"How to choose the best pillow for neck pain?"
This is one of the most common questions that health providers can hear.
The best pillows improve your sleep and quality of life
We spend one-third of our life sleeping, something like 200,000 hours in our life.
Thousands of New Zealanders could needlessly suffer from disrupted sleep due to lousy support choices at bedtime.
According to the Massey University Sleep-Wake Centre, 37 per cent of New Zealand adults aged 30 to 60 are sleep-deprived.
Several studies have shown that a proper neck support pillow selection can significantly alleviate your sore neck.
It would also improve the quality and duration of sleep. Chiropractic practitioners believe that more education on pillow and bed selections could improve their patient's quality of life.
Choose the filling of the pillow.
Today the choice is vast. There are now pillows on the market made from memory foam (developed by NASA), natural latex/bamboo or Merino wool. They have been shown very effective for neck pain suffering and improving sleep quality. But, they can be a significant initial investment.
Polyester filling, less expensive than down and memory foam, provides proper and firm neck support and holds its shape reasonably well. However, it is also the least durable of these materials.
Consider your sleep position.
It is essential to choose a pillow that is of material and a shape that suits your sleep position. Consider the way you sleep to pick the height of your pillow; different positions require different types of support. It will determine how comfortable you are.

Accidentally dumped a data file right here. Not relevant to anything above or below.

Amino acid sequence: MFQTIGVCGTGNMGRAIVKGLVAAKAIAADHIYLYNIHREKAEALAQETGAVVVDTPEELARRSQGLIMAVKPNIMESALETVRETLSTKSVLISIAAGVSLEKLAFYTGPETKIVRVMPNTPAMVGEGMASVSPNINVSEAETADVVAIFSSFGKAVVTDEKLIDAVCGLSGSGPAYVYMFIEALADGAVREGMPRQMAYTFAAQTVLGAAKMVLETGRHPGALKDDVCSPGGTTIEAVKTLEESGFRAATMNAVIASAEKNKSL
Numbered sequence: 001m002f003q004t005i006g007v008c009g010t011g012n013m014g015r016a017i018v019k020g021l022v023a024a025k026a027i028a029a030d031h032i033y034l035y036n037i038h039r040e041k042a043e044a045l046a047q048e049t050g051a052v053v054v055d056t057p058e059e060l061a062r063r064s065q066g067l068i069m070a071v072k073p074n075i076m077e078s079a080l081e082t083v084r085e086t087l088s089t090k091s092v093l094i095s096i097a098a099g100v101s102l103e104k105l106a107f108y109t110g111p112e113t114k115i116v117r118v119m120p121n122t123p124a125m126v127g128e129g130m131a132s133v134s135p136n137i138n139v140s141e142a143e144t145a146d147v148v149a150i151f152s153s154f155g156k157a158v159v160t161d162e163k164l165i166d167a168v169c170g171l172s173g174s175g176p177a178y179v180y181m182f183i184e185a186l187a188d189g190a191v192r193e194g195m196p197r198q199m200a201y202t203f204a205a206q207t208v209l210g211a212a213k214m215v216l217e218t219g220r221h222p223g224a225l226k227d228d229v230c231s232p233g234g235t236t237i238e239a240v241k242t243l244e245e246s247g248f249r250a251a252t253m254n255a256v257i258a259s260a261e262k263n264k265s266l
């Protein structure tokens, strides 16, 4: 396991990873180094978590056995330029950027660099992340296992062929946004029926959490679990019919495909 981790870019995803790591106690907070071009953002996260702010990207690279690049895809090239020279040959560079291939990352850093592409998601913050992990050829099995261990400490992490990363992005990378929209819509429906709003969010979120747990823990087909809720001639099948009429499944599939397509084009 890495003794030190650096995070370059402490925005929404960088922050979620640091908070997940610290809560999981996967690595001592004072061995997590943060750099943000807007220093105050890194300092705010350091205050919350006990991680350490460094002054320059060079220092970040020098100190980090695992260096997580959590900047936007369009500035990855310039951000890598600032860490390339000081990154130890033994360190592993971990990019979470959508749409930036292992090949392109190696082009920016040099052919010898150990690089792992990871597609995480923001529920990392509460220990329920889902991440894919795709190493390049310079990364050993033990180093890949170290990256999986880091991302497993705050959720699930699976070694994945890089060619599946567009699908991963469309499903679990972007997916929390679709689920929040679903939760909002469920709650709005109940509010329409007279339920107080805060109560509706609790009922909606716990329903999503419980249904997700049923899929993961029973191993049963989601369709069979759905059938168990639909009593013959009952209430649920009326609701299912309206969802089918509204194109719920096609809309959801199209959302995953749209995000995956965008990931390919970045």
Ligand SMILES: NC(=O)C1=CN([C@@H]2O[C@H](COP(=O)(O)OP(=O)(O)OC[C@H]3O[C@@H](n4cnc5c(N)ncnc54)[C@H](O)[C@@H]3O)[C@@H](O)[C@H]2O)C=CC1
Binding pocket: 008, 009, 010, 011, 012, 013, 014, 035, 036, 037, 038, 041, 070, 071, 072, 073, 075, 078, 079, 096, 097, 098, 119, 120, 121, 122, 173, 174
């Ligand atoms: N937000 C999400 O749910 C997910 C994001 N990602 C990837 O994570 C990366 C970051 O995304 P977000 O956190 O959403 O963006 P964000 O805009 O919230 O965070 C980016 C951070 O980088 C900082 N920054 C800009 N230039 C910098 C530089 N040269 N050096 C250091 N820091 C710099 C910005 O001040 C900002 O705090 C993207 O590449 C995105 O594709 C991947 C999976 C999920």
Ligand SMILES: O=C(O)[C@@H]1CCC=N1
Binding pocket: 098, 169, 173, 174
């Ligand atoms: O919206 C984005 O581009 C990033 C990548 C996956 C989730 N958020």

Back and stomach (not recommended) sleepers may want to choose a flatter pillow that helps keep the natural curvature.
However, if you sleep on your side, higher cervical support, which fills the gap between the head and neck, is generally better.
We all have different necks, with varying widths of shoulders. That’s why there isn’t a standard “best of the World” pillow.
The point is to have the cervical spine (neck) aligned with the rest of the body spine, not allowing any head tilt.
It doesn’t need anything contouring the neck or with a specific edge; sometimes quite uncomfortable. Orthopedic or ergonomic pillows are not necessarily a reference.
Take special needs into account.
You’ll find plenty of specialty pillows on the market tailored to specific situations.
For example, people with allergies might think about a pillow with a cover and filling specifically formulated to keep away dust and mites.
If you snore, consider a pillow-shaped to position your head, neck and shoulders in a way that will prevent your airway from becoming compressed.
Finally, we recommend a more breathable and lightweight pillow for sweaty sleepers.
If you are in any doubt, book a visit with one of our chiropractors at Orewa Chiropractic. We will be more than happy to point you in the right direction.